The Punch House Pours French-Style Favorites
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Melissa and Jon LeBars -- the sweet, funny, and tenacious couple behind the Punch House say growing up, wine wasn't really a "thing" for either of them.

“We were in our 20s and I managed the ice cream shop and he worked at the coffee shop next door and he would come and buy and ice cream from me every day and then come back and get more toppings in the same day, so it was a really cute, over ice cream every day," Melissa LeBars says.

They connected over music, big dreams, and eventually, wine.

“We’ve always wanted to do something, own our own business, always wanted to do something great and amazing, wine was on our minds, going to school and going to wineries to seeing how everybody did it, we just wanted to do that," says Jon LeBars.

“We started this as avid wine tasters and you can’t help but just start dreaming and we just fell in love with the never ending subject of wine. As soon as you think you know everything, you can just keep diving again," says Melissa, "started with carboys at our place, our first vintage was 2017, one barrel, barely fit through the door of our a-frame outbuilding on our last property. That was round 1, we’ve just pushed to double every year. It’s just the two of us, we have really awesome helpers for events, but we do everything and we double where we can and last year, we sold out of all of our wine except for one vintage.”

Jon worked at several wineries, behind the scenes and front of the house. He learned what to do, but he says more important, he learned what not to do.

He says some of the best schooling was in the Rogue Valley, at Kriselle Cellars.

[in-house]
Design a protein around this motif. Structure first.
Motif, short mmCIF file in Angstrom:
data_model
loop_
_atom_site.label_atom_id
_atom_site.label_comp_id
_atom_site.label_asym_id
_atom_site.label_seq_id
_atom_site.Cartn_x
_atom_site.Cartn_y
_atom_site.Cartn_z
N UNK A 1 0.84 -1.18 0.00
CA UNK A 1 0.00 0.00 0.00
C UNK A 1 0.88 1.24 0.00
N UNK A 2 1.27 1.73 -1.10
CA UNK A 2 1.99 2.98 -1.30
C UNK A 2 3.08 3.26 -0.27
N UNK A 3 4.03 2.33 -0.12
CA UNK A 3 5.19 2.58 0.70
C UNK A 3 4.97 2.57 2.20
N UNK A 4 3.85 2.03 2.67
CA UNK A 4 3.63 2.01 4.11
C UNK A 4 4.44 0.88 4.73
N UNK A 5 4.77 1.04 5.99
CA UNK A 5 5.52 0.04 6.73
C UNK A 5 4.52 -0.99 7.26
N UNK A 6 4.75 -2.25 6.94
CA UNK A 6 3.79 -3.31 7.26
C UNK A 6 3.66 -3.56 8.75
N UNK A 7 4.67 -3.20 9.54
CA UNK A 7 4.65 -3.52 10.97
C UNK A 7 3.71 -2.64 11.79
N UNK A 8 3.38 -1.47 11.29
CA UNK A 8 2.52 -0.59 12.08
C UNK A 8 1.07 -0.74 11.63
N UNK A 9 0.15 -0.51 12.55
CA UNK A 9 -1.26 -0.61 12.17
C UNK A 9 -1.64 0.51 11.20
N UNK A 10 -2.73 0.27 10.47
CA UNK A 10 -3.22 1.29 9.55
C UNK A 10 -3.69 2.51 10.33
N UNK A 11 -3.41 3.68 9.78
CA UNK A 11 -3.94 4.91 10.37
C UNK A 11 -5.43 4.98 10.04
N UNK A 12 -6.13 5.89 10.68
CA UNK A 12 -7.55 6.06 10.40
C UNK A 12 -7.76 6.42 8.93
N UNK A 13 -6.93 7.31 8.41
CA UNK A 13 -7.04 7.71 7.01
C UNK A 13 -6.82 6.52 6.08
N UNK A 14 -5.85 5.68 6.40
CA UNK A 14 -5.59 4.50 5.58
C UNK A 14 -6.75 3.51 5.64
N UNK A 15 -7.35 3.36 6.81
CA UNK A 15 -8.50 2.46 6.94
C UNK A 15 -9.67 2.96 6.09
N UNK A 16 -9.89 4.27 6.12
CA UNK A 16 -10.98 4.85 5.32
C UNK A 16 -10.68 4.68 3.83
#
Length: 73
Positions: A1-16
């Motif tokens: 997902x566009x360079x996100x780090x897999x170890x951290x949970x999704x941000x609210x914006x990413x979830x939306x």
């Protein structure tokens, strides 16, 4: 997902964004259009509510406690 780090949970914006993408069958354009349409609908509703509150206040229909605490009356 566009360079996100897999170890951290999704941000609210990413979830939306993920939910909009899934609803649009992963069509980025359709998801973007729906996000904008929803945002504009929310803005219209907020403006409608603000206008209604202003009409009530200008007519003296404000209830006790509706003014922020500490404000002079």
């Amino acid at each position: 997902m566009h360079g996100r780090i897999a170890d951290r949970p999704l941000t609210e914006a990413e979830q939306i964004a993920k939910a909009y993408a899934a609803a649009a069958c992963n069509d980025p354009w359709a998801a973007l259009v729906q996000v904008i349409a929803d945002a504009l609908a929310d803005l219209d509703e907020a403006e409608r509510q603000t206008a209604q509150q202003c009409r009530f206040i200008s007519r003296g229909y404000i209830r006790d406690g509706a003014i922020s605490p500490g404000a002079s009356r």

“I kind of sought out Kriselle because I liked their wine and I wanted to make really high quality wine and so what better way to work with something who does that. I always liken it to the movies, if I wanted to go make a movie, I would go work for Spielberg or Lucas or something like that.”

They both say they learned a lot from other wineries and tasting rooms and were excited to put their own spin on their own space.

They found that space about three years ago and couldn't pass up the views.

“I feel like it’s serendipitous that’s how it worked out, it was definitely rough when we got it, we’ve done a lot of work and we have more dreams to bring to life here," says Melissa, "it’s breathtaking up here, I just feel like you are literally driving up and out of the fray, coming up onto the hill, take a deep breath, this is beautiful.”

Jon makes the wine on site and buys fruit from across Oregon. There's just one rule.

“It has to be French, because we’re French so we use French varietals, French oak barrels and we do it in a simple way.”

And the name on the label? Jon explains, "punch is another word for juice and if we do everything correctly, that juice turns into wine. And in a lot of French places, you’ll see champagne houses, or chardonnay houses, so year, it kind of stuck. And we didn’t want The Punch House to be about us we want it to be about this idea that you can come and have this nice experience and great wine and it’s not connected to somebody.”

They make less than 1,000 cases a year, but are continuing to grow, altbough they don't want to make a lot of wine.

Quality matters more here than quantity.

“It’s really just the respect of the things you’re using, the grapes, the place you get them from, the people. And also, we respect the people we make wine for," says Jon.

And after a 15-minute or so interview, that's what it all comes down to.

The people.

“We love it. Everyone that comes up our driveway, they’re like our little people, we take care of them, they come sit down, we serve them, if they get up to get their next tasting, we feel like we’ve failed, because we just want to serve everybody," says Jon.

Melissa agrees, "it’s so fun hearing a deck full of people just laughing and and having a great time. It’s super heart-warming, it’s working, you know.”

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